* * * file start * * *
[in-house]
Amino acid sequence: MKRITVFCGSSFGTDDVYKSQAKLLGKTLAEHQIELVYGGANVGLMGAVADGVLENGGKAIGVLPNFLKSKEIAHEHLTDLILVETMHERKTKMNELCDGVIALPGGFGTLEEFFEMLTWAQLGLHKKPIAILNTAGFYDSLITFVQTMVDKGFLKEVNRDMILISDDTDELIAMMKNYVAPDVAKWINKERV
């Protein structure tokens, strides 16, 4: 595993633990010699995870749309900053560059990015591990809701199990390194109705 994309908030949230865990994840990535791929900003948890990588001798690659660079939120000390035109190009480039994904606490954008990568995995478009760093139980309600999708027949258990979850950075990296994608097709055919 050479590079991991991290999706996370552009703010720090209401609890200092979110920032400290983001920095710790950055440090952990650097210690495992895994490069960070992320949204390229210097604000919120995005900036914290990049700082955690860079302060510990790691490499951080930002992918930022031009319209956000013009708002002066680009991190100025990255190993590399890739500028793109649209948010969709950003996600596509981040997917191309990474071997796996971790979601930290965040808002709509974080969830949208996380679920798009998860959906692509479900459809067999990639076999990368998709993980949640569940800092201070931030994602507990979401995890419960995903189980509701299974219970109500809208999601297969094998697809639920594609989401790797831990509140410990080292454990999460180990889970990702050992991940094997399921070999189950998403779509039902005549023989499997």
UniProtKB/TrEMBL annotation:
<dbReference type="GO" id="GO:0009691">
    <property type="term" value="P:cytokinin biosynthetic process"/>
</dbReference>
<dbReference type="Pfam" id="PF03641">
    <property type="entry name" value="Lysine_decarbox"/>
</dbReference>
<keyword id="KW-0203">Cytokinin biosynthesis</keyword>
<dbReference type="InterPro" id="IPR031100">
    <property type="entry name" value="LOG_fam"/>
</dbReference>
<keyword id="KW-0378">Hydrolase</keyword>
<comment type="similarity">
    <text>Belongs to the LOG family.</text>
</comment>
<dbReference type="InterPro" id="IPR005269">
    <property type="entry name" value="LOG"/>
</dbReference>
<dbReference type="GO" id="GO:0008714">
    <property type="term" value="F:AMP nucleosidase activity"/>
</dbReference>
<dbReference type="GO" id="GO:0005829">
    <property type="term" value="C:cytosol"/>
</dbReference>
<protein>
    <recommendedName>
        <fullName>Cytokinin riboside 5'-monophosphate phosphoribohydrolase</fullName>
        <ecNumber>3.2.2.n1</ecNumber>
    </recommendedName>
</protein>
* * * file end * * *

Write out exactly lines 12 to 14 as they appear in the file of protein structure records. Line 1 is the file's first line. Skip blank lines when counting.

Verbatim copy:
<dbReference type="InterPro" id="IPR031100">
    <property type="entry name" value="LOG_fam"/>
</dbReference>